Self-isolation has turned me into a burrower into my personal library for books to read. I bought Fitzpatrick by Richard Carr in 2018, along with his chapbook Our Blue Earth. I read the chapbook right away and put the poetry collection away for another day. Well, another day arrived last week! I’m glad I let some time pass so that I could read Richard’s poetry again with an uncluttered mind. And this collection proved to be an interesting diversion away from the pandemic.
Fitzpatrick is an artist. He paints. Carr approaches him from 4 different angles: the bartender in his favorite bar, his best drinking buddy, his wife, and his work. It was like going from standing far away to standing nose-to-nose with the man. And while the blurbs on the back cover describe this collection’s aim as “the search being the mystery and nature of art,” I read these poems as being biographical, a search for the artist, and how is an artist defined. In that regard, the bartender is the impersonal public who recognizes the human being but doesn’t really know the artist; the drinking buddy is closer, a guy who shares Fitzpatrick’s sense of the world up to a point; his wife is closer still, but even she does not really know that part of him that imagines and sees his paintings in his mind before he puts them on canvas; and then there’s the work itself, a series of poems describing paintings by an “I.” I wondered about that “I,” as if it were really Fitzpatrick speaking about the work he never talks about with anyone else.
I actually thought the best description of Fitzpatrick came in the 7th poem of the “His Wife” section: He was a pyramid, and in some tiny, deep chamber/a pharaoh folded himself for sleep. The wife recognizes his protective and defensive exterior, its silence, its stone hardness, but also that deep down inside himself he is the king of his life, with all the problems, frustrations, and excesses that means. What is not said explicitly is that pyramids contain lots of corridors and rooms, and could be an analogy for the mind, and the pharaohs inside are entombed.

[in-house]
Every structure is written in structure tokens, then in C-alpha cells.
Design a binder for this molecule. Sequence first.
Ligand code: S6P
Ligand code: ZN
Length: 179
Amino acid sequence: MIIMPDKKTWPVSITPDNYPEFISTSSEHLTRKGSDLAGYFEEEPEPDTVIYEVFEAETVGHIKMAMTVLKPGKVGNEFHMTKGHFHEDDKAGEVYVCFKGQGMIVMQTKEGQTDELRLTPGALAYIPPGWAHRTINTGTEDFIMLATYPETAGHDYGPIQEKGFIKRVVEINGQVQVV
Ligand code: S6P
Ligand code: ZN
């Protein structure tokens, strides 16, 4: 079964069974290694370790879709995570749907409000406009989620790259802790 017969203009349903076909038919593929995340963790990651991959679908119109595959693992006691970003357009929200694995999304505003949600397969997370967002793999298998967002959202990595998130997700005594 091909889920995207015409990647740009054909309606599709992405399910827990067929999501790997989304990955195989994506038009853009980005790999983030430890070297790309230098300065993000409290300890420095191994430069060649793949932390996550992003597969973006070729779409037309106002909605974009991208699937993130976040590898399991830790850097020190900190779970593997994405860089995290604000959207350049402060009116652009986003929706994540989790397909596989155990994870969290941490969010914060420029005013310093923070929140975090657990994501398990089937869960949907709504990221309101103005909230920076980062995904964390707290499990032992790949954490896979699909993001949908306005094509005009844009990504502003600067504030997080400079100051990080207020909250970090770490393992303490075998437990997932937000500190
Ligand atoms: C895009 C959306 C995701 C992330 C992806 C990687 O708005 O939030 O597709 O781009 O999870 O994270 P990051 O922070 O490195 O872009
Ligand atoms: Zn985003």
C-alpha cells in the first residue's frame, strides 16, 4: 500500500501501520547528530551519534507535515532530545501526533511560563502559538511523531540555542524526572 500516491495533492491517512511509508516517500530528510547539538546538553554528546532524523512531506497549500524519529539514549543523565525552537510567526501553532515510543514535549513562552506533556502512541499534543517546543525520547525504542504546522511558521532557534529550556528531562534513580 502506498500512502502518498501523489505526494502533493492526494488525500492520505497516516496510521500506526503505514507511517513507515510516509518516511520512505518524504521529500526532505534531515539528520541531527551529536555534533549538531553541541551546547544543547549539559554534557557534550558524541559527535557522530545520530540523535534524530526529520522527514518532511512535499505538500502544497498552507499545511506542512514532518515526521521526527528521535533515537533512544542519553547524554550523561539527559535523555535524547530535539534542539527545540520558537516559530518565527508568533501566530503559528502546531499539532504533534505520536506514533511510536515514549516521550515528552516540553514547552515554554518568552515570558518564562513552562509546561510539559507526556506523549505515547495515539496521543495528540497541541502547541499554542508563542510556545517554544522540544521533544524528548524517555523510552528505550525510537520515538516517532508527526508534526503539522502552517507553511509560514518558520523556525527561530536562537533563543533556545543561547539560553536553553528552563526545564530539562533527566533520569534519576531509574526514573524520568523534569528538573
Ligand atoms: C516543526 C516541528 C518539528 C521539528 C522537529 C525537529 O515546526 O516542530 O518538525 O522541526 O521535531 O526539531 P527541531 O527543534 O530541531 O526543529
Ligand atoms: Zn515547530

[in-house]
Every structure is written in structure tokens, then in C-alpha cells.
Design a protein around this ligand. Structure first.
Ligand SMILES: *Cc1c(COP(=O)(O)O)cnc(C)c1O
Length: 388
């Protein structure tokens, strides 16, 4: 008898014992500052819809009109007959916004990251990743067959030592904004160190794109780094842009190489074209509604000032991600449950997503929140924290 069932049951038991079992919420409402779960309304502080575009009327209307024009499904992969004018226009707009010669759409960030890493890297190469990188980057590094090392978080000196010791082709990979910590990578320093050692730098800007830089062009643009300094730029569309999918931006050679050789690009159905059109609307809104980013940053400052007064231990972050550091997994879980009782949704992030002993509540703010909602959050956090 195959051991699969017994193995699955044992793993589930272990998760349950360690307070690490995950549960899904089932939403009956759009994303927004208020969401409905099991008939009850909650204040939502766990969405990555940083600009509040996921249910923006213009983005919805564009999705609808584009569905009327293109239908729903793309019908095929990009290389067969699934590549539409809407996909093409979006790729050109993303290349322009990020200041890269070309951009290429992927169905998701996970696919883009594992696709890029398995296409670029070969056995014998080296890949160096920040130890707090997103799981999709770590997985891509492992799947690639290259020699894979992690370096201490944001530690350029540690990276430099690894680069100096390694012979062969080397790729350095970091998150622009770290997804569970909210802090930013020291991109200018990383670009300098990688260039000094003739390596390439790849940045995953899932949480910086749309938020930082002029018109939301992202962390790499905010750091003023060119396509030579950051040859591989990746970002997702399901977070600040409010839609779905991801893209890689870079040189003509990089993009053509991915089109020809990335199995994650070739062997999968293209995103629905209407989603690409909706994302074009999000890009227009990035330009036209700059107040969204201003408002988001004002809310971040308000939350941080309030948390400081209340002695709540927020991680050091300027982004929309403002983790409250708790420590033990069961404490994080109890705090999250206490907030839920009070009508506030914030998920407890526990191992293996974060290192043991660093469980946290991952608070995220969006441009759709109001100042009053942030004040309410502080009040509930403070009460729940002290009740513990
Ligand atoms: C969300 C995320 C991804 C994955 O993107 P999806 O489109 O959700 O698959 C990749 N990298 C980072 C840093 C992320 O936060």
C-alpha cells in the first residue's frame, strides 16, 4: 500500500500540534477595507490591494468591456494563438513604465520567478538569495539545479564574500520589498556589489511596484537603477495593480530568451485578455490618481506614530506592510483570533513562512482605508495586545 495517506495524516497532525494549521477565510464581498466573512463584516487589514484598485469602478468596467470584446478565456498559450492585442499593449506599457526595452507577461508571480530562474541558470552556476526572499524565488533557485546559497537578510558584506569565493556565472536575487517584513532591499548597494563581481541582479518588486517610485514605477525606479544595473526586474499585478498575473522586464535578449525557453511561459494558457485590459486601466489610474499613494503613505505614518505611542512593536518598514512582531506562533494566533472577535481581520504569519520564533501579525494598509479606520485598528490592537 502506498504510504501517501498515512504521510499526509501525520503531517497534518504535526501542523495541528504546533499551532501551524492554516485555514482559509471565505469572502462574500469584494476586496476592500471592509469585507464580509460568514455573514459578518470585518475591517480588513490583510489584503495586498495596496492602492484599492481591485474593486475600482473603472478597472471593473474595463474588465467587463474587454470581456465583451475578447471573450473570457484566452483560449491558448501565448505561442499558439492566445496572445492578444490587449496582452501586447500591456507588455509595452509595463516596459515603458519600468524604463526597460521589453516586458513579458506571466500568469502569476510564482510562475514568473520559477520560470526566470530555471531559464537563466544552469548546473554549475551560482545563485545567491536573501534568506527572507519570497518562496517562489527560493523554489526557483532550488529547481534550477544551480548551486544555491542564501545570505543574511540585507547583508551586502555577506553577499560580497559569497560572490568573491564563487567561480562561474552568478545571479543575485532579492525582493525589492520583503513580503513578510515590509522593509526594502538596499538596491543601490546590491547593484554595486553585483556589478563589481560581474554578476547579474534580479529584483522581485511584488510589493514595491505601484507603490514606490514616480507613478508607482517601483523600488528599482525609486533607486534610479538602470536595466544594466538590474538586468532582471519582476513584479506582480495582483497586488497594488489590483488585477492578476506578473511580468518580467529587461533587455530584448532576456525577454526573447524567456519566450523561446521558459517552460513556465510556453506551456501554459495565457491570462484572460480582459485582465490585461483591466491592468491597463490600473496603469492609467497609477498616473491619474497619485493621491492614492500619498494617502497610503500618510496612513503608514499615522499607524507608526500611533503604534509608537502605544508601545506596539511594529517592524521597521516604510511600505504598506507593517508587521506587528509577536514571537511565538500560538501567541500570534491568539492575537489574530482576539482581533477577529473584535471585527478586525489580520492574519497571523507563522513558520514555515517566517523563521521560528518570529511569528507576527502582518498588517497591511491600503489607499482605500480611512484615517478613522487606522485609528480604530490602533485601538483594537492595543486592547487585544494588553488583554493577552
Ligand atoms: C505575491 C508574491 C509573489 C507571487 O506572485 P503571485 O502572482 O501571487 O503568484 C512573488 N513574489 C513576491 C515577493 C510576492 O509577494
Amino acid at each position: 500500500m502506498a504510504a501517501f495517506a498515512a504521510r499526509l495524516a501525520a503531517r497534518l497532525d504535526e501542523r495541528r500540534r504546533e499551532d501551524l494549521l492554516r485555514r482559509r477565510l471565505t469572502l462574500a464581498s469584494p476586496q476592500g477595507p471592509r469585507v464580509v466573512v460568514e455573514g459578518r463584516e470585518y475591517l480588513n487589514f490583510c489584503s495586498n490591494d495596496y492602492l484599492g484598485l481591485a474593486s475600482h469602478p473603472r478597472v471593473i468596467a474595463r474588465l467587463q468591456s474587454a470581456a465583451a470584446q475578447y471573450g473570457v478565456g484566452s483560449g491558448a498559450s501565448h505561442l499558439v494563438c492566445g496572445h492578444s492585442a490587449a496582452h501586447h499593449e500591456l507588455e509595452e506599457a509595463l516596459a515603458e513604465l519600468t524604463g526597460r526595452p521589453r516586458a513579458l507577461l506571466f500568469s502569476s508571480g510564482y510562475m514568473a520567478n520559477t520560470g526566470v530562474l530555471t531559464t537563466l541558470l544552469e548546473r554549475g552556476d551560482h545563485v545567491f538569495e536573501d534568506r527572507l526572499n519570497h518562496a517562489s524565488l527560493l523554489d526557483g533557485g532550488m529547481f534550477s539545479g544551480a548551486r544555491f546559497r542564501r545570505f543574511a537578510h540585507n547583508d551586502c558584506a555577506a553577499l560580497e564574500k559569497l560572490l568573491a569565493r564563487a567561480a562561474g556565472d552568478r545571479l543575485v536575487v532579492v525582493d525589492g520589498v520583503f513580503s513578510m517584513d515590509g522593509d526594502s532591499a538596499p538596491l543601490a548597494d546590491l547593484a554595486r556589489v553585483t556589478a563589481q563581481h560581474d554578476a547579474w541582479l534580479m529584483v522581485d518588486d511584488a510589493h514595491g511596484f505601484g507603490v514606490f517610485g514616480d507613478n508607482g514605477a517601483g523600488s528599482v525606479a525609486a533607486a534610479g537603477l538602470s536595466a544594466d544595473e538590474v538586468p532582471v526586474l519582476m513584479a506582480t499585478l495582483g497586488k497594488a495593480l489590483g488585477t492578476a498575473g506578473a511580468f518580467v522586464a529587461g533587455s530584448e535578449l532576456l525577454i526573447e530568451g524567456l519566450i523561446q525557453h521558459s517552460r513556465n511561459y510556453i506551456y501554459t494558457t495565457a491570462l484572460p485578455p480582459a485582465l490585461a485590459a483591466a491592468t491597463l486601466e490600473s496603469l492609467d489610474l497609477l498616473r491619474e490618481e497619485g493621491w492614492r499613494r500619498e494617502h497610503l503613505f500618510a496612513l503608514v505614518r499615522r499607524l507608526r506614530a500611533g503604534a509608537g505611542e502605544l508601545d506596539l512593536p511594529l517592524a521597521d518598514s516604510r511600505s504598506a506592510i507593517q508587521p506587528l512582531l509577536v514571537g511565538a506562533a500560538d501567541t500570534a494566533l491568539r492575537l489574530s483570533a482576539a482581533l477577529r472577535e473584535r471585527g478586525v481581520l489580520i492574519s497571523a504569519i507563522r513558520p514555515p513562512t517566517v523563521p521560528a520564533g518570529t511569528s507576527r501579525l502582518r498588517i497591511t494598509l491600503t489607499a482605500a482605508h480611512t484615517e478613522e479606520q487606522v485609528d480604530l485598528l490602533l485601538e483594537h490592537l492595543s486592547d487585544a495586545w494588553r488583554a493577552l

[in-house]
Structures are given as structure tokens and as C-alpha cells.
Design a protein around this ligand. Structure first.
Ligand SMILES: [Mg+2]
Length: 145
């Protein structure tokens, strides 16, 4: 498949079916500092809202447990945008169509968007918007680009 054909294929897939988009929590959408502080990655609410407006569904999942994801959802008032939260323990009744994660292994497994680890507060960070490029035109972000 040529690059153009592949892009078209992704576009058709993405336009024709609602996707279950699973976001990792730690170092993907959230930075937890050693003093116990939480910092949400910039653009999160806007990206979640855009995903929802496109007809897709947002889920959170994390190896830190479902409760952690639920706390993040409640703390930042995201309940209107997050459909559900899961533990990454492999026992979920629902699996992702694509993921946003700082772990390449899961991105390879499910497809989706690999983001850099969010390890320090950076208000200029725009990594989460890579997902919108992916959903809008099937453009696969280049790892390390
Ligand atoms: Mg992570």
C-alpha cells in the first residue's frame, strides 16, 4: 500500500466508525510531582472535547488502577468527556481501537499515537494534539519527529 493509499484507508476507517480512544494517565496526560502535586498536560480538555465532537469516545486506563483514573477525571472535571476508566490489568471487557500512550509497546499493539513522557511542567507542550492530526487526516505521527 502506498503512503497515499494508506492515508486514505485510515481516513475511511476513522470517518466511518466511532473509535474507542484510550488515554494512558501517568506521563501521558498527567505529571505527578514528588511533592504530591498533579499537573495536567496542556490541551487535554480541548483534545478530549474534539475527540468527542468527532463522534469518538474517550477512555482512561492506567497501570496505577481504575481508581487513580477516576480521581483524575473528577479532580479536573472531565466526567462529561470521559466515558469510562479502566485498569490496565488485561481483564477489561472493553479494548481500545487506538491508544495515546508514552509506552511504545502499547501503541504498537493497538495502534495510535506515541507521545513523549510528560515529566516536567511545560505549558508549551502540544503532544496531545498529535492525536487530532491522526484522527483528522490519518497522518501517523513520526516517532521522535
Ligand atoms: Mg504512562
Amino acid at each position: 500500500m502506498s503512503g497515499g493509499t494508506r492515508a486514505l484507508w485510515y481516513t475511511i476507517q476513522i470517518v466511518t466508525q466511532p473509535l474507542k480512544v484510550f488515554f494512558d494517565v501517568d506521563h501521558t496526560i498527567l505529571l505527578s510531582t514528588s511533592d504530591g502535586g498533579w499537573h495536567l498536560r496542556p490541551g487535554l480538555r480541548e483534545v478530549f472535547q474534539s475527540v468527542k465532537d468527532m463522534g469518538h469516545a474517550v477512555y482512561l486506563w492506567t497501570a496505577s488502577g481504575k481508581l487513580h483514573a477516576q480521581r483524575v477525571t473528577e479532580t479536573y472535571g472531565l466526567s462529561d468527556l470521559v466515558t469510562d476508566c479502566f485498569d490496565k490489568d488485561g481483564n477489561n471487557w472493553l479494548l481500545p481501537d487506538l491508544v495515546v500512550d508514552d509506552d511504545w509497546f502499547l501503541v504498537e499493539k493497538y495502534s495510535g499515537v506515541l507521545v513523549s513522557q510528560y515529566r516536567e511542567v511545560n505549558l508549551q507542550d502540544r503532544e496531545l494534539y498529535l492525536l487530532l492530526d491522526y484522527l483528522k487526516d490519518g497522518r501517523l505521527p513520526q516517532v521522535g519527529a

Carr’s choice of words to paint images is one of his strengths, and its in fine form in this collection. For example, he describes the drinking buddy as “a smudge trying to catch a cab.” That drinking buddy in the next poem describes Fitzpatrick as “a dark snowbank splashed by trucks.” In the previous stanza, Carr writes “He tensed when someone opened the door/and let in a snake of wind.” In poem No. 12 of the drinking buddy section, Carr writes the drinking buddy saying, “His wife staged the opera of his public life.” And with every poem in the drinking buddy section, I felt I was learning just as much about the drinking buddy as Fitzpatrick. This was true for the other two sections about people as well.
These are unsentimental poems in this collection, Carr “groping in the darkness of his own creation” for not a revelation about the mystery of art, but for what it means to be an artist as seen by people in the artist’s life. The work becomes a reflection of how the artist — or Carr — sees his art, and perhaps sees himself through his art. In the poem “Self-portrait,” he says “I am a harlequin.” A clown, an entertainer, a fool? I know that feeling. In the final poem, “Evening Lights of a Great City,” he states, “I can’t paint what I mean.” This is the frustration of all artists — taking the meaning in the mind/imagination and putting it out in the world so that it is seen and understood, but once it enters the world, it’s not the same. Composers are astonished the first time they hear their music performed because it’s never really like what they’ve heard in their imaginations, and the system of notating music cannot capture completely the sound and meaning.
I thought this was a lovely collection and I enjoyed reading it quite a lot. I especially liked the change of direction that this collection has taken compared with previous collections of Carr’s poetry that I’ve read. Being a writer, I could relate to these poems, the striving to reveal, the frustration, and sometimes the success. I think this collection was an unqualified success, and I’d recommend it to readers who love poetry.